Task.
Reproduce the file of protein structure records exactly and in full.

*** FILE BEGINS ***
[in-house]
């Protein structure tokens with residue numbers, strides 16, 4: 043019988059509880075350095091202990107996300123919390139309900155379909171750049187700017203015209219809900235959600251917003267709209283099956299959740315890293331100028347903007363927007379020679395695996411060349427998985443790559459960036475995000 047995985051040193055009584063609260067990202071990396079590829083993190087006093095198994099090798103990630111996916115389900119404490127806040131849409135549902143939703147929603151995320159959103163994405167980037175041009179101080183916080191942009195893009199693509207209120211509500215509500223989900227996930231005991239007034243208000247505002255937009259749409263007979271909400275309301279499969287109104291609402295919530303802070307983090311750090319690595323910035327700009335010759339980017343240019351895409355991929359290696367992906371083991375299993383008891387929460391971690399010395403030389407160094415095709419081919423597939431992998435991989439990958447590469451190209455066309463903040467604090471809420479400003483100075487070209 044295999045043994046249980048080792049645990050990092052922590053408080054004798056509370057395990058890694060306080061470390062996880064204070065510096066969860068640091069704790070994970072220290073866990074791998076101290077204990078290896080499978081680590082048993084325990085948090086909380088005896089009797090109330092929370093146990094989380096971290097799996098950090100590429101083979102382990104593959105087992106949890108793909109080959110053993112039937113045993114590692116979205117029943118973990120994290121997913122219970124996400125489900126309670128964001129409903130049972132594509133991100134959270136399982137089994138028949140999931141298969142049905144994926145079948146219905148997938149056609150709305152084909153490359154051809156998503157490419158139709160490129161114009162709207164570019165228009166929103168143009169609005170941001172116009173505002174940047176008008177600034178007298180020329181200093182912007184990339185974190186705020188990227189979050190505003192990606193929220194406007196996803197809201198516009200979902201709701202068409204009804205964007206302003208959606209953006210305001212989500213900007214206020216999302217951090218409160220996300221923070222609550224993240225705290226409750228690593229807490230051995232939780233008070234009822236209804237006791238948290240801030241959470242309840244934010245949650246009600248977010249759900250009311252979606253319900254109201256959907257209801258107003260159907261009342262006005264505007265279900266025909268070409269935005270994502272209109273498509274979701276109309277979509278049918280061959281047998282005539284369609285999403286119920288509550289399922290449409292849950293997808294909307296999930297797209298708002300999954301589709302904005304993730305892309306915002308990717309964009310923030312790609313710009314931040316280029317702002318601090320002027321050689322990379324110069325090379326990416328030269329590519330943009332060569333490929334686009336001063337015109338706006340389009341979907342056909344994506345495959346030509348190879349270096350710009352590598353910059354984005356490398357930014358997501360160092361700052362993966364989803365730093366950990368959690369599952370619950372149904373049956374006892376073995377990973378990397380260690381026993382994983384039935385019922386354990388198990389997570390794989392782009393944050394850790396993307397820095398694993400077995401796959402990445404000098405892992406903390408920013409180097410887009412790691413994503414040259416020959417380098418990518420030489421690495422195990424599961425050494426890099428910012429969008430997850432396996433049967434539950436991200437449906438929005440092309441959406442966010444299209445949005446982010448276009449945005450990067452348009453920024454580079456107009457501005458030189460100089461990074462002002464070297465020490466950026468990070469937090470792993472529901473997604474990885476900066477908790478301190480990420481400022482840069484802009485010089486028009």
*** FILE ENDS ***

[in-house]
């Protein structure tokens with residue numbers, strides 16, 4: 043019988059509880075350095091202990107996300123919390139309900155379909171750049187700017203015209219809900235959600251917003267709209283099956299959740315890293331100028347903007363927007379020679395695996411060349427998985443790559459960036475995000 047995985051040193055009584063609260067990202071990396079590829083993190087006093095198994099090798103990630111996916115389900119404490127806040131849409135549902143939703147929603151995320159959103163994405167980037175041009179101080183916080191942009195893009199693509207209120211509500215509500223989900227996930231005991239007034243208000247505002255937009259749409263007979271909400275309301279499969287109104291609402295919530303802070307983090311750090319690595323910035327700009335010759339980017343240019351895409355991929359290696367992906371083991375299993383008891387929460391971690399010395403030389407160094415095709419081919423597939431992998435991989439990958447590469451190209455066309463903040467604090471809420479400003483100075487070209 044295999045043994046249980048080792049645990050990092052922590053408080054004798056509370057395990058890694060306080061470390062996880064204070065510096066969860068640091069704790070994970072220290073866990074791998076101290077204990078290896080499978081680590082048993084325990085948090086909380088005896089009797090109330092929370093146990094989380096971290097799996098950090100590429101083979102382990104593959105087992106949890108793909109080959110053993112039937113045993114590692116979205117029943118973990120994290121997913122219970124996400125489900126309670128964001129409903130049972132594509133991100134959270136399982137089994138028949140999931141298969142049905144994926145079948146219905148997938149056609150709305152084909153490359154051809156998503157490419158139709160490129161114009162709207164570019165228009166929103168143009169609005170941001172116009173505002174940047176008008177600034178007298180020329181200093182912007184990339185974190186705020188990227189979050190505003192990606193929220194406007196996803197809201198516009200979902201709701202068409204009804205964007206302003208959606209953006210305001212989500213900007214206020216999302217951090218409160220996300221923070222609550224993240225705290226409750228690593229807490230051995232939780233008070234009822236209804237006791238948290240801030241959470242309840244934010245949650246009600248977010249759900250009311252979606253319900254109201256959907257209801258107003260159907261009342262006005264505007265279900266025909268070409269935005270994502272209109273498509274979701276109309277979509278049918280061959281047998282005539284369609285999403286119920288509550289399922290449409292849950293997808294909307296999930297797209298708002300999954301589709302904005304993730305892309306915002308990717309964009310923030312790609313710009314931040316280029317702002318601090320002027321050689322990379324110069325090379326990416328030269329590519330943009332060569333490929334686009336001063337015109338706006340389009341979907342056909344994506345495959346030509348190879349270096350710009352590598353910059354984005356490398357930014358997501360160092361700052362993966364989803365730093366950990368959690369599952370619950372149904373049956374006892376073995377990973378990397380260690381026993382994983384039935385019922386354990388198990389997570390794989392782009393944050394850790396993307397820095398694993400077995401796959402990445404000098405892992406903390408920013409180097410887009412790691413994503414040259416020959417380098418990518420030489421690495422195990424599961425050494426890099428910012429969008430997850432396996433049967434539950436991200437449906438929005440092309441959406442966010444299209445949005446982010448276009449945005450990067452348009453920024454580079456107009457501005458030189460100089461990074462002002464070297465020490466950026468990070469937090470792993472529901473997604474990885476900066477908790478301190480990420481400022482840069484802009485010089486028009």